Re: Replication of UR* resources and Privacy

I wrote:
> > Let me answer this with a question.  Can you think of an example of a
> > service that should _in_principle_, *not* be replicable?

Note the in principle bit.  I think this was missed in the heat of the

Stu wrote:
> An example from RL (tm):
>    OCLC is a cooperative membership organization, supported by access
> fees to a database of library resources (some 33 million records
> pointing to smoething over half a billion objects).   Our Online Union
> Catalog, built by our membership,  is one of the major assets of the
> cooperative, and represents an enormous investment of time and expense
> on the part of our membership.

Thanks for citing a Real-World (TM) example, because it does help to
make things more concrete.

> We are bound to protect that investment, as we will be when there
> are large numbers of Internet resources cataloged in that or similar
> databases.


> Access to such databases may or may not appear free to end
> users... there are various economic models that can be applied, but
> make no mistake that value added resource discovery systems will be
> protected from arbitrary wholesale replication.

I think you really mean from the consequences of UNAUTHORISED copying.
But even so, your emphatic response brings up a number of points for
me to hammer on again:

* In my example, I explicitly put the replication procedure in the
MANAGEMENT interface, and I really hope that no-one reading this even
knows anyone who has a cousin who had a dog that would be stupid
enough to give general access to the management interface of a service
for which they are responsible.

* In order to manage the resource in the long term, you will NEED to
be able to replicate the service in a controlled and appropriately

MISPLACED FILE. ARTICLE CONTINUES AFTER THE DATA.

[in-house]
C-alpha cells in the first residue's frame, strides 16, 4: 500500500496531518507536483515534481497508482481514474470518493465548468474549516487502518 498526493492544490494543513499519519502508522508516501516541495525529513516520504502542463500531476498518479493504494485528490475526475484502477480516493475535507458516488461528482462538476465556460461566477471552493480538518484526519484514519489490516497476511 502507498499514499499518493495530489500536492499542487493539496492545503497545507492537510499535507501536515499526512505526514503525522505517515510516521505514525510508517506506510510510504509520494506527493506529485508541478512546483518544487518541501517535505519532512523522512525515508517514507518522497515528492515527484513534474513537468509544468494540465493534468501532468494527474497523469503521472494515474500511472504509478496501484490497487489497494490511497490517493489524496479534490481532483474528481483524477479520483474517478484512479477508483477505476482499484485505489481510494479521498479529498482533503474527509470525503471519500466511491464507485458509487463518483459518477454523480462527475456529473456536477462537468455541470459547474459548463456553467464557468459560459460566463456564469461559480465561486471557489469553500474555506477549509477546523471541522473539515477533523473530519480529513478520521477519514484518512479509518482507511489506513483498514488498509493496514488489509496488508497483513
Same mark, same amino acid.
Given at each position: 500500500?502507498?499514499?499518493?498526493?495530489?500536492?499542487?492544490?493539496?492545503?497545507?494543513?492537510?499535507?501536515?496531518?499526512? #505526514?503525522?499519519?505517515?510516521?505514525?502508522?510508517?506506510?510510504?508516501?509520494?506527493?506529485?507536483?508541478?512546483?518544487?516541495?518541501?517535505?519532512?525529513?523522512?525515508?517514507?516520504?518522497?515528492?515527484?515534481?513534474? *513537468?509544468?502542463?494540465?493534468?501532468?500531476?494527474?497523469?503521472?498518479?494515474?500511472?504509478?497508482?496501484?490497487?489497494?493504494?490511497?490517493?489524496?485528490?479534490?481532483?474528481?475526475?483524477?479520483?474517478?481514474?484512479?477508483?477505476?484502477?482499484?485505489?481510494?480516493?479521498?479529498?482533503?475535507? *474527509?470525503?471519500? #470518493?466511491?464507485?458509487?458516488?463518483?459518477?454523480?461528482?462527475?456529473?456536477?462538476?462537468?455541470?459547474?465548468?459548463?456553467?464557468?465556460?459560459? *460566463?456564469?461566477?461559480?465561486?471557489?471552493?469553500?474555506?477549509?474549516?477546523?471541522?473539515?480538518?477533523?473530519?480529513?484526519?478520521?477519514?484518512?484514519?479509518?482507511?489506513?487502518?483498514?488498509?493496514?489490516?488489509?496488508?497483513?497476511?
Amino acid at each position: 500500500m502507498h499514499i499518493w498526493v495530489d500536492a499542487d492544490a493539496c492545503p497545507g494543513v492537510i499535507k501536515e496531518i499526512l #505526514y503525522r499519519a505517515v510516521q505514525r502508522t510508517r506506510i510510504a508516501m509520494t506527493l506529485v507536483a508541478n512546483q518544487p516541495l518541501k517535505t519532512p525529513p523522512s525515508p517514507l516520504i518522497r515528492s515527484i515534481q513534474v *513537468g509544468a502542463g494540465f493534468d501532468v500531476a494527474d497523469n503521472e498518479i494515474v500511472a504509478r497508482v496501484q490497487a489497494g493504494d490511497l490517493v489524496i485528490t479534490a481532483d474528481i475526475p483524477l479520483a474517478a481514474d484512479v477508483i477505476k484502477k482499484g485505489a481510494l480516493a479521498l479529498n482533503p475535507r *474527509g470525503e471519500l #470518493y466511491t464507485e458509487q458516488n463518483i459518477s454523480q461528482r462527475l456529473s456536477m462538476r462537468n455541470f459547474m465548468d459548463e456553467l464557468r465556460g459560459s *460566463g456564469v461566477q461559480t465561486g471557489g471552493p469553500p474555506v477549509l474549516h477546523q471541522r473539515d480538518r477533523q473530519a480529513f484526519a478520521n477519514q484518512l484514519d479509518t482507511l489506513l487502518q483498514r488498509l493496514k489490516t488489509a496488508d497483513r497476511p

authorised fashion.  Think of all those NASA tapes corresponding to
BILLIONS'n'BILLIONS (as Carl Sagan might say ;-) of $$$$ of tax money
that are no longer usable, because they did not have a replication
method.  (Yes, I know they were pre-object management times, but
that's why we can think up better ways to manage data/services/objects

* In my example I explicitly put DIFFERENT procedures in DIFFERENT
interfaces so that the distinction between "replicate the service" and
"copy the service's internal reference table data" would be made
clear.  Take another look at it.

>   As for privacy issues, this may be in part a function of what is in
> the DB.  Web walkers that indiscriminantly scoop up  web pages may in
> fact violate some privacy laws or standards.  Objects that are selected
> by catalogers are more likely to be "published" in some sense of the
> term; we don't normally think there are privacy issues for making such
> objects more visible in catalogs.  

The levels and granularities at which access, authorisation, and
security are controlled will vary from case to case.  I said nothing
in my example in favour of any standard that would restrict your
ability to defend and control your resources as you see fit.  The
problem posed by the webwalkers you mention is to give you the option
of keeping things like robots off your system if you so wish.  We need
this ability, but we also need replication capabilities because they
are useful too.

> Privacy concerning who has accessed them, however, is considered a
> hot button issue for librarians.  Odd that this has received so
> little attention on the Web (ooooh, but we love those transaction
> logs!)

Mobile agents will solve this problem.  However, I'm unclear at the
moment whether the resource issues relating to agents are considered
to be part of the material for consideration by the URI working group.


Mark Madsen: <> <URL:>
Information Services Framework, The ANSA Project, APM Ltd., Castle Park,
Cambridge CB3 0RD, U.K.  <URL:>;  <>
Voice: +44-1223-568934; Reception: +44-1223-515010; Fax: +44-1223-359779

Received on Friday, 7 July 1995 07:26:25 UTC